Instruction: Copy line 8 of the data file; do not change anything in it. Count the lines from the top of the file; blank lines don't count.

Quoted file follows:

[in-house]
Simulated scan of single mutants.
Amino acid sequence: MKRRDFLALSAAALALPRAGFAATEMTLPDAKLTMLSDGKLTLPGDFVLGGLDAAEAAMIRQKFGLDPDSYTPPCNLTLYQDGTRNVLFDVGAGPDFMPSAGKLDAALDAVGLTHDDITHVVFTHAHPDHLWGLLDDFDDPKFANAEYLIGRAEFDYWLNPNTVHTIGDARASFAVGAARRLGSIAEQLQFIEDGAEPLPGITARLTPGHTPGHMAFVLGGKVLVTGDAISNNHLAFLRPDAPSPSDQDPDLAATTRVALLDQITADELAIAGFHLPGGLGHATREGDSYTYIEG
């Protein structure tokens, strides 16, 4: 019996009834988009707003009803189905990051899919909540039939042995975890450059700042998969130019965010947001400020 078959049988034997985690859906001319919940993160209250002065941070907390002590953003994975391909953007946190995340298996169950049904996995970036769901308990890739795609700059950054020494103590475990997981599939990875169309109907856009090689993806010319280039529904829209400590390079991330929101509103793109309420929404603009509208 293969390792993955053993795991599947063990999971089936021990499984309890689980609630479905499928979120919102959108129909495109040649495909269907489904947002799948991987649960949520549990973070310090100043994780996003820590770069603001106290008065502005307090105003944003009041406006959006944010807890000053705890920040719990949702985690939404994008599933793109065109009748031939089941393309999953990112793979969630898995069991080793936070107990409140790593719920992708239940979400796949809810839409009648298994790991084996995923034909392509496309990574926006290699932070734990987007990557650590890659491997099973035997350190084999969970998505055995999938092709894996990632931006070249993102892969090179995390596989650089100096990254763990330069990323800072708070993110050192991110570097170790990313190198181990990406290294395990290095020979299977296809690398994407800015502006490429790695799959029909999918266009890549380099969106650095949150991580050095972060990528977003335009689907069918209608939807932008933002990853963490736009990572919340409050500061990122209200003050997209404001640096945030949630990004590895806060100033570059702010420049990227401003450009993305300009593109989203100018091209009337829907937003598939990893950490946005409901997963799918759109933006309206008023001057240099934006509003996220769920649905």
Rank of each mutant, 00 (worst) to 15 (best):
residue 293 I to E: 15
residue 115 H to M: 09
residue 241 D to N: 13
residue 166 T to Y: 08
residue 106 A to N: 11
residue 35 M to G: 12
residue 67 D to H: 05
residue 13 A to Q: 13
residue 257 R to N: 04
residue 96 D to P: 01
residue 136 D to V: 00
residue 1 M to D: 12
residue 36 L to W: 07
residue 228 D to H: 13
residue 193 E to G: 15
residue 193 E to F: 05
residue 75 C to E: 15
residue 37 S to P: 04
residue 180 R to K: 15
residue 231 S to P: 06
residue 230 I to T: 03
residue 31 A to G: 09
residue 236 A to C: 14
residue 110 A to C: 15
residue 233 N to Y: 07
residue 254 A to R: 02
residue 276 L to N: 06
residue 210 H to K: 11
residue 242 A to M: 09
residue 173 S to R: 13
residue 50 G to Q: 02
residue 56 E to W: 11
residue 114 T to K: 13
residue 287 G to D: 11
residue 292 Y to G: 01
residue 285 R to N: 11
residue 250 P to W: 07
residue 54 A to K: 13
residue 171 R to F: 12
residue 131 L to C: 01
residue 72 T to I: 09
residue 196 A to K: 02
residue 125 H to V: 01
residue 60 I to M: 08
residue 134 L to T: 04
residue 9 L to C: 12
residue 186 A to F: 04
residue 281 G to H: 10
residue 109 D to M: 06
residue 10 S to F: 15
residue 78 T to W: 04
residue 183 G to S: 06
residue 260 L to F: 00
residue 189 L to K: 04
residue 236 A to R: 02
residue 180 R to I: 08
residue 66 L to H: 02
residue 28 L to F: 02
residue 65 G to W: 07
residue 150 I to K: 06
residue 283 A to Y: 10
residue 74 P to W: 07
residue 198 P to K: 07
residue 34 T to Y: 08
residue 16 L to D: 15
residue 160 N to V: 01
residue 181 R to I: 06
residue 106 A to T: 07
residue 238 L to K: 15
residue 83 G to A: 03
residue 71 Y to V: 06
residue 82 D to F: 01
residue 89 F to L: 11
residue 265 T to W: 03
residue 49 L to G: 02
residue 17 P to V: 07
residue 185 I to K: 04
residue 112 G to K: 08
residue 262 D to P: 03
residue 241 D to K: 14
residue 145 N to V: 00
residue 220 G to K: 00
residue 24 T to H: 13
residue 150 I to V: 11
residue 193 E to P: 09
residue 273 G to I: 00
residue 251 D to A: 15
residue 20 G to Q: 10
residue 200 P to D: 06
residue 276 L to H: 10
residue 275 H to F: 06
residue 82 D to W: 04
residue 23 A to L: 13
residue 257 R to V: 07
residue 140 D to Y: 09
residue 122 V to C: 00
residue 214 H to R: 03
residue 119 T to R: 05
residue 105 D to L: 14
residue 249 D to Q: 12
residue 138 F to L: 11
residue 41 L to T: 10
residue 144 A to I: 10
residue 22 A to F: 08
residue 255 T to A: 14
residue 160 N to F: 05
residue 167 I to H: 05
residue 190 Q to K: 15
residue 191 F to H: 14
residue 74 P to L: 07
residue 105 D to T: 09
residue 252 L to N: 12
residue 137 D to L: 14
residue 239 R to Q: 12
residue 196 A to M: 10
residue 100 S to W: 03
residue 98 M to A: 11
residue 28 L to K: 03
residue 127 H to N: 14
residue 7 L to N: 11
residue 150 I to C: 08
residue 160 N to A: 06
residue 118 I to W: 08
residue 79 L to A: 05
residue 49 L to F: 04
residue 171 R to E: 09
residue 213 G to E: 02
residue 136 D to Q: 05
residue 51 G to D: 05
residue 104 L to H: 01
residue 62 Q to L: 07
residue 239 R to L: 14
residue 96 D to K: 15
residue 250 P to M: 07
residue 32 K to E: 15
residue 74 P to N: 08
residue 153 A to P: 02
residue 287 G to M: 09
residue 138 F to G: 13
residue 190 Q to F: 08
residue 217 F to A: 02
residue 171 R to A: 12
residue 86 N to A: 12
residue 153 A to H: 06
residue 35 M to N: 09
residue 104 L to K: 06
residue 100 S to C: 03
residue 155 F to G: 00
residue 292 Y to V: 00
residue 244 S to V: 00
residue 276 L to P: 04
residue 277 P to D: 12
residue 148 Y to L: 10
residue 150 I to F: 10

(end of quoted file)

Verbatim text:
residue 241 D to N: 13